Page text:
Consider for a moment what will happen if a fellow firefighter becomes lost, trapped, seriously injured, or killed: the fire immediately is relegated to secondary importance, except as it relates to controlling it in support of protecting the firefighter and his/her rescuers. In essence, the focus of the operation will shift to ourselves, the very thing that an aggressive “save people and property” approach was purporting to avoid. Despite the proliferation and success of RIT methodologies that attempt to prepare for and manage such occurrences, the reality is that the majority of firefighter “Maydays” are handled by non-RIT members already operating in the hazard zone, which necessarily and inevitably removes them from fire suppression and search activities. Essentially, and predictably, if any of us falls, the operation will falter, so pretending that such an occurrence is in any way acceptable ignores, in the guise of “duty”, the immediacy and gravity of the effect of an LODD/LODI.
The possibility of saving a life motivates us to perform extraordinarily brave feats, not the least of which is entering a structure that is actively being decomposed by fire. Our success in this endeavor can be reduced to whether we have the capability of reversing hazardous conditions before they exceed those of our PPE. Rather than merely stubbornly clinging to and more loudly defending our current methods, we should be actively seeking out and embracing anything that we can do to tilt the success/failure balance in our favor. The early application of water, and the restriction of air entry until that is accomplished, are two proven techniques to assist with that goal. On the other hand, anything that we do that increases our chance of failure, such as neglecting to manage flow paths, or ignoring signs of untenability and structural decay in our rush to make entry, should be avoided. If we are to bet our lives, we need to do everything possible to shift the odds in our favor.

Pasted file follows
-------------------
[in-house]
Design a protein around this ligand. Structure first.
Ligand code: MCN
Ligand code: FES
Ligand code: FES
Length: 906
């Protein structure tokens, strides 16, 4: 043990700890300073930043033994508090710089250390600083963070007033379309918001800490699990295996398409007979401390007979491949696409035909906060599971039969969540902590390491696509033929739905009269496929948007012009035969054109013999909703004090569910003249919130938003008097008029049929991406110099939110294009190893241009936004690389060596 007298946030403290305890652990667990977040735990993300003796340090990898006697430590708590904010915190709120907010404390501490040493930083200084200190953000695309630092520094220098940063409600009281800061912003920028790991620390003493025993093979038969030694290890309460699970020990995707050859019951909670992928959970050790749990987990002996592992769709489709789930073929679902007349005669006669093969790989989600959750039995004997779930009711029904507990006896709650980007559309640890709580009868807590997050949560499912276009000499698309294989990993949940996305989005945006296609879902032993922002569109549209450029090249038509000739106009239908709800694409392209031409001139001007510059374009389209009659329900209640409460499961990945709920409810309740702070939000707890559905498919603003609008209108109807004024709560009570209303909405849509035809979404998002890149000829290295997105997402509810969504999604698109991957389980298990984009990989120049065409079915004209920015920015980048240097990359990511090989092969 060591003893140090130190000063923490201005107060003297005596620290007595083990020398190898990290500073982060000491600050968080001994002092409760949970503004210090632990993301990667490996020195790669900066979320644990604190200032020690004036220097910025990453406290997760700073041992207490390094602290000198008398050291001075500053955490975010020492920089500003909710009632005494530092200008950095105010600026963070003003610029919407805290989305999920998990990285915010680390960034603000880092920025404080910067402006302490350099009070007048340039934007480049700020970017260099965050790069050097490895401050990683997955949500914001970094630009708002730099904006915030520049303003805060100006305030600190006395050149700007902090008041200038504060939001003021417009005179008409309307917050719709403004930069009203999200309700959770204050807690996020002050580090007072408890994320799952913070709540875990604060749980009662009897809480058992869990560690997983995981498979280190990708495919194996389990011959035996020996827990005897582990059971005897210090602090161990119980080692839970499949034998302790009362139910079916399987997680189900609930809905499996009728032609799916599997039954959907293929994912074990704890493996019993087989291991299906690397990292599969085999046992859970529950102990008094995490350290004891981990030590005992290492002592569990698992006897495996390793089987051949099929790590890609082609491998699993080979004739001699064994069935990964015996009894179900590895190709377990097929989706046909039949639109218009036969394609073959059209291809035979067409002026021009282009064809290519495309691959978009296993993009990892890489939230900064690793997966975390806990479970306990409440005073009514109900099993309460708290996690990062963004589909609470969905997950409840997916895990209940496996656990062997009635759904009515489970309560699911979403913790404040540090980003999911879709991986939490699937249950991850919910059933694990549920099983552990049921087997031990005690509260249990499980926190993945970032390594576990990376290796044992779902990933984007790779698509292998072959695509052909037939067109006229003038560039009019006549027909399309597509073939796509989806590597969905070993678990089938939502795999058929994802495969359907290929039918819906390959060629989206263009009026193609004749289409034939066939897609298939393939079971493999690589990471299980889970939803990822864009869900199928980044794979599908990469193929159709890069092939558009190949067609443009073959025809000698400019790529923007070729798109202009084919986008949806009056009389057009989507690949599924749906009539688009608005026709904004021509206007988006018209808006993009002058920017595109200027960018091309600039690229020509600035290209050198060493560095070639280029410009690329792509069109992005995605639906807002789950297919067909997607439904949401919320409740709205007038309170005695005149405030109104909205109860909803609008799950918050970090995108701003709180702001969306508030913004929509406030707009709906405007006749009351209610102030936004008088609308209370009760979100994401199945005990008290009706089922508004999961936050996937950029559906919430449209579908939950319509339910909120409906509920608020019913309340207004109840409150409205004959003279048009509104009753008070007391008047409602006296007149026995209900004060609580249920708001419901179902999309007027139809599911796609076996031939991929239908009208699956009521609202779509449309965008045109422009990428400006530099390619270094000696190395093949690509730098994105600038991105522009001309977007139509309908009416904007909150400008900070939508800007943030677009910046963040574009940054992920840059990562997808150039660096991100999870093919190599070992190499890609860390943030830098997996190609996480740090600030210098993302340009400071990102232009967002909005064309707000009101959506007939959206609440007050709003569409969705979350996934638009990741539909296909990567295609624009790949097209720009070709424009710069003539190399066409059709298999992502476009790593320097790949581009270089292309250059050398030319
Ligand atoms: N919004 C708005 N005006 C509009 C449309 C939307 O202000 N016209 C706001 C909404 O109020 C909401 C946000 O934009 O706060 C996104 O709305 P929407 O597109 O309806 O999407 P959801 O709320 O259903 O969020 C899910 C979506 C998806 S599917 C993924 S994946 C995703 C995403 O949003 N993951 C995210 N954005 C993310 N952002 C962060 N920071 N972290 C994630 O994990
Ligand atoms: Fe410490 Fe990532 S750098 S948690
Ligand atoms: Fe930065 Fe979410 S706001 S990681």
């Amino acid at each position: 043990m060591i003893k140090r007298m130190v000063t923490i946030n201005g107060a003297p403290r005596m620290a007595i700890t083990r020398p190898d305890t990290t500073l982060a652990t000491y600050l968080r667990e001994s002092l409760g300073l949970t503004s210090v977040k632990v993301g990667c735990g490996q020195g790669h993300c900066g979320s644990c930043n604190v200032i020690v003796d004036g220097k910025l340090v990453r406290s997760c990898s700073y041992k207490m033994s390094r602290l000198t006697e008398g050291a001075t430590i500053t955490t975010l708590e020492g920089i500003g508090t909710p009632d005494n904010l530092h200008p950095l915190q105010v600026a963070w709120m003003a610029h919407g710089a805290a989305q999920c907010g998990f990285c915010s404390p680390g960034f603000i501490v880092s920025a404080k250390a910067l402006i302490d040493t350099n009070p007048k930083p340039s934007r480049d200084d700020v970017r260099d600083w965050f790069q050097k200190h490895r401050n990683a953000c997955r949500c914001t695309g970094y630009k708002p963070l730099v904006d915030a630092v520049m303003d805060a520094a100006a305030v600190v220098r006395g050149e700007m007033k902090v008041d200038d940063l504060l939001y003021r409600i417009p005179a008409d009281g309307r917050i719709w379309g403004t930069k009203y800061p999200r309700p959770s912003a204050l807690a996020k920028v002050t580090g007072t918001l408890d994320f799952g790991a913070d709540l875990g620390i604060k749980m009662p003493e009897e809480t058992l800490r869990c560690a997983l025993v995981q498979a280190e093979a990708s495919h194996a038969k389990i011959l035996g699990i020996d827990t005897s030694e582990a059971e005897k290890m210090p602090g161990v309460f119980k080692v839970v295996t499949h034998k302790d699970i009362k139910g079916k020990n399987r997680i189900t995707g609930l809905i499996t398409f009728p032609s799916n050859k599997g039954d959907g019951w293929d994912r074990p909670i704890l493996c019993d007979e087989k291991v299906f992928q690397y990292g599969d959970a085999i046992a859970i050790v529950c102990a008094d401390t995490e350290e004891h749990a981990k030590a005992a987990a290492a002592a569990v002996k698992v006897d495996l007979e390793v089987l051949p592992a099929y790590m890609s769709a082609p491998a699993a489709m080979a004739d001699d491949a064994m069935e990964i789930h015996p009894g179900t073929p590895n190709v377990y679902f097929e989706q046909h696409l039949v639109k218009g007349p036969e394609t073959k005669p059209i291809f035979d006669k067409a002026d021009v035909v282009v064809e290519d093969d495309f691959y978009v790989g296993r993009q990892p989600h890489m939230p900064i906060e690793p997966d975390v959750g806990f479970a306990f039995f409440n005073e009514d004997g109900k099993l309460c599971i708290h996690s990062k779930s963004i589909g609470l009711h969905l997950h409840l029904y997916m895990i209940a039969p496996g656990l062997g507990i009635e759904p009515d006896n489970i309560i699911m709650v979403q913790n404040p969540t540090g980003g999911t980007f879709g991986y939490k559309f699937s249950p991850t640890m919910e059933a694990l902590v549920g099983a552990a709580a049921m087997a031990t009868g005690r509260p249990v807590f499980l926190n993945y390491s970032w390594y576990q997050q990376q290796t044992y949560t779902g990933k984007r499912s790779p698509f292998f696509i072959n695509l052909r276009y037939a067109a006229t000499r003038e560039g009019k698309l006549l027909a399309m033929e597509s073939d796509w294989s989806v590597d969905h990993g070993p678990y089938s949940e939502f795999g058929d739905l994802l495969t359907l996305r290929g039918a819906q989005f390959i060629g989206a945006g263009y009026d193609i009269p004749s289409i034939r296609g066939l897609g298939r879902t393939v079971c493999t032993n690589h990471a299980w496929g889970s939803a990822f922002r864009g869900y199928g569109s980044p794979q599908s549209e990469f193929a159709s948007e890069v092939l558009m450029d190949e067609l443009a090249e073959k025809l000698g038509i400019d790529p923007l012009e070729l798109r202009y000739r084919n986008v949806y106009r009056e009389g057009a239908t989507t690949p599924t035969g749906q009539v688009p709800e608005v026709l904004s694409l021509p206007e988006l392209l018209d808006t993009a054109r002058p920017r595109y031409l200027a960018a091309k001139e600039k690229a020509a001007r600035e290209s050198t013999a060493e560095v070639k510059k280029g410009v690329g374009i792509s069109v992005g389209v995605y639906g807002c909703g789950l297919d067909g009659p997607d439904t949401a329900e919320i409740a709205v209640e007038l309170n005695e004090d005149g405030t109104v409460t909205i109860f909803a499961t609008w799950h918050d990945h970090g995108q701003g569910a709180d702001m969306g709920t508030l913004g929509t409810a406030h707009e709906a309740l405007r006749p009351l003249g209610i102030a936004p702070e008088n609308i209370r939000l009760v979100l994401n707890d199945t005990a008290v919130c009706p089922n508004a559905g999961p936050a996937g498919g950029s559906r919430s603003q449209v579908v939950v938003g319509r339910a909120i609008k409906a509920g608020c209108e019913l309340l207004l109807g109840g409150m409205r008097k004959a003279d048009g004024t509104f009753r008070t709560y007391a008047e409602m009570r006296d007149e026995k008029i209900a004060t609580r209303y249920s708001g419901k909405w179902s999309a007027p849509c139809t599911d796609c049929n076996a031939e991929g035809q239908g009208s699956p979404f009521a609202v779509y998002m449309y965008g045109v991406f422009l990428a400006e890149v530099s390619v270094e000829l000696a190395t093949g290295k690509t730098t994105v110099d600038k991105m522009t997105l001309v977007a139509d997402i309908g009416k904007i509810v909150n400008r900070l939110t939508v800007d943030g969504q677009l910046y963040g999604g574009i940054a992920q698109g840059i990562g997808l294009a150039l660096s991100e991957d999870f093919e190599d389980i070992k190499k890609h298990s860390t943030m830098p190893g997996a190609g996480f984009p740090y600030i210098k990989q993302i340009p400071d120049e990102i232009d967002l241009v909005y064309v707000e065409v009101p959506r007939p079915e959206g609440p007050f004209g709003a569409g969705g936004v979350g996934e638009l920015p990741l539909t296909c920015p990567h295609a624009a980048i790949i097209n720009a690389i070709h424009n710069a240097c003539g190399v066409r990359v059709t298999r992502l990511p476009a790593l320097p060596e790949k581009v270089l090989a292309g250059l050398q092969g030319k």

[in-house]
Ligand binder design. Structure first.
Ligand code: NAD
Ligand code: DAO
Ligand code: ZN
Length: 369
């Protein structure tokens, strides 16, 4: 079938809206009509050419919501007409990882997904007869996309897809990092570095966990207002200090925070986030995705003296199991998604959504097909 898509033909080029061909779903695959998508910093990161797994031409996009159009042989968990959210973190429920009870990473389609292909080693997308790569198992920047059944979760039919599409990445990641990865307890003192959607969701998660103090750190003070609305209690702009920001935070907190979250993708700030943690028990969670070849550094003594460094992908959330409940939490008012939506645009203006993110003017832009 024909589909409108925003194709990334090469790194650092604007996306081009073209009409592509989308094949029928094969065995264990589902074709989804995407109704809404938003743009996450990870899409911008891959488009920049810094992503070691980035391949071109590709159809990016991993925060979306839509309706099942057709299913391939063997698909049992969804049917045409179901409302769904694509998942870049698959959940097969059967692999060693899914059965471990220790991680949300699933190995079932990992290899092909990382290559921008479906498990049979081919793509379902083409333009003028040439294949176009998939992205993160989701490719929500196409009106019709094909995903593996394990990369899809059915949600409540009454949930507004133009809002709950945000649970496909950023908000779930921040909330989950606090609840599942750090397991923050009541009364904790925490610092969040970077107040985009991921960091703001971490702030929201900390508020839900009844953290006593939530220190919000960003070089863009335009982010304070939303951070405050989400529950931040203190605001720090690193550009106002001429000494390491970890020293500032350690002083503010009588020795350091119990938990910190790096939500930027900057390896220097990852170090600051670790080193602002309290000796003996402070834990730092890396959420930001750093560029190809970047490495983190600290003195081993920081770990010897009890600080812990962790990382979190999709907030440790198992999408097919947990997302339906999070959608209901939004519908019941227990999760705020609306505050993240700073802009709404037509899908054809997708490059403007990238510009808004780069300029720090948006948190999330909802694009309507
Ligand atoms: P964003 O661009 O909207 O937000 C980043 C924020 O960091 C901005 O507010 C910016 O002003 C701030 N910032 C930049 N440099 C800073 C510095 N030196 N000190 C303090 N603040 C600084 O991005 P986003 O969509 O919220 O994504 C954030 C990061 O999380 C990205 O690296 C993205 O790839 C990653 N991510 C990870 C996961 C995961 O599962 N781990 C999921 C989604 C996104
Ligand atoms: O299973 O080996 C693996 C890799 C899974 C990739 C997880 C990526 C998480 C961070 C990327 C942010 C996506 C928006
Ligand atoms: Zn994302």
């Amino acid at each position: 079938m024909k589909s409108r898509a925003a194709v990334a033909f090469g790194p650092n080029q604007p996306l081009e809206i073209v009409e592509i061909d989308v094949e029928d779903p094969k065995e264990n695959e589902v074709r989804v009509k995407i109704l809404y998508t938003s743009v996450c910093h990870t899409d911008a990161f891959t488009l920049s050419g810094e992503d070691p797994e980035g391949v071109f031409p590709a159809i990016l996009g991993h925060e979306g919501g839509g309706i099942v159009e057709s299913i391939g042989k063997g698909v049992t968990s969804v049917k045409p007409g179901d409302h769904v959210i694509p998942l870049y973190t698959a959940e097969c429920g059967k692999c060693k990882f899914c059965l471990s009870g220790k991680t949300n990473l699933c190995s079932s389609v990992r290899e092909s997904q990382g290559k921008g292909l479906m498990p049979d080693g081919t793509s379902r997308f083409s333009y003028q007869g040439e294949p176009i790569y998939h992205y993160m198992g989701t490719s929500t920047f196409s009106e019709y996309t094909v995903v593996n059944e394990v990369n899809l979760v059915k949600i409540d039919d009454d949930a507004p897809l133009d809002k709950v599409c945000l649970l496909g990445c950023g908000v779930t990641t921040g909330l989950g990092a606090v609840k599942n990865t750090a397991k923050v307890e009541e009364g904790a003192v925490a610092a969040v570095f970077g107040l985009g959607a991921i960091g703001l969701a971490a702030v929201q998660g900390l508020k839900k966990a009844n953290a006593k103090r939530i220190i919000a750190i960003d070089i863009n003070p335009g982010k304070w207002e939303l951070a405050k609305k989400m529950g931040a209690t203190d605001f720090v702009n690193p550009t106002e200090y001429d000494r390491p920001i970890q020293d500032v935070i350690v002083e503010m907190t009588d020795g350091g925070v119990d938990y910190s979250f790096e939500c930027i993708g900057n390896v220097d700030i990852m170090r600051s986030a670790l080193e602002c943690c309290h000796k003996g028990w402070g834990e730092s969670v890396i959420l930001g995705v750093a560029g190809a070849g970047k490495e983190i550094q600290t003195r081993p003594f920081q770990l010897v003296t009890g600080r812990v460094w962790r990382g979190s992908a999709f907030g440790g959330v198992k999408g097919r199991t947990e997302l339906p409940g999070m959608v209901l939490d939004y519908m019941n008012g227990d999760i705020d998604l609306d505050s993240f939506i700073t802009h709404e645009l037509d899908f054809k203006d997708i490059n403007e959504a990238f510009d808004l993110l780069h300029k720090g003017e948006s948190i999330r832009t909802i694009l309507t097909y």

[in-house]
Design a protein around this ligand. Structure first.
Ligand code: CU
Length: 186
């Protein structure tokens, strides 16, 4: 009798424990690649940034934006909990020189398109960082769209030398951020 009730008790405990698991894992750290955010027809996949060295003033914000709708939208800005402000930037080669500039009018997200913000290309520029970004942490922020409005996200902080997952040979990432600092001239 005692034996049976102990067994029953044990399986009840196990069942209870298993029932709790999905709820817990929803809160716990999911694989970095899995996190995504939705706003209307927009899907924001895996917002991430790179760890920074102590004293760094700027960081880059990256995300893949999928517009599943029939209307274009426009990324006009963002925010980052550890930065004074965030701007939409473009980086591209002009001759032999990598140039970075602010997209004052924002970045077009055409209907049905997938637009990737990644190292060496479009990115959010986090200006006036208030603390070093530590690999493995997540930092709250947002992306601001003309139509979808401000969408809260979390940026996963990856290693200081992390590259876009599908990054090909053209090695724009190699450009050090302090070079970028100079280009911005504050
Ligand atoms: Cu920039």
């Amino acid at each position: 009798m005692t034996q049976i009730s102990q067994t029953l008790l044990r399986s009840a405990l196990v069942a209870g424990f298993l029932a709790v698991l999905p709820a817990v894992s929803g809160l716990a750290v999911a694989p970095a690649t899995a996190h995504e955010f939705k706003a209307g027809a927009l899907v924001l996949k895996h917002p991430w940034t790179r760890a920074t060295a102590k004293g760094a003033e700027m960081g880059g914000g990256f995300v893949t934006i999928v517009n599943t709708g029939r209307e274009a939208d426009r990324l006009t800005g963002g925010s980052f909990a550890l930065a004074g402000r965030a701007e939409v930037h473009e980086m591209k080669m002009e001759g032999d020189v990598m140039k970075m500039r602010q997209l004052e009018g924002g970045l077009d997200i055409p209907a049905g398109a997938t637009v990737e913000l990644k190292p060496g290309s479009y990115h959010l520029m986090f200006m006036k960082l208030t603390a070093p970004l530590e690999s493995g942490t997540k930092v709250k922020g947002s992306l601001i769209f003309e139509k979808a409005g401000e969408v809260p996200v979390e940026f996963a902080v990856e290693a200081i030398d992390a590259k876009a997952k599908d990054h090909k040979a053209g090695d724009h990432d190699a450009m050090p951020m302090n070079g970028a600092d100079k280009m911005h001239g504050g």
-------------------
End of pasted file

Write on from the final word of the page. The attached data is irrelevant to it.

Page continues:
We all agree that putting the victim/property/customer/taxpayer/public “first” is the correct approach, but placing ourselves “second” does not make our welfare inconsequential. Our lives and limbs are on the line as soon as we respond to an alarm, and we must continuously match the degree of risk we accept to the chances of benefit we expect. While our skills and abilities allow us to survive conditions that are lethal to civilians, they are not absolute, despite noble intentions or fearless attitudes.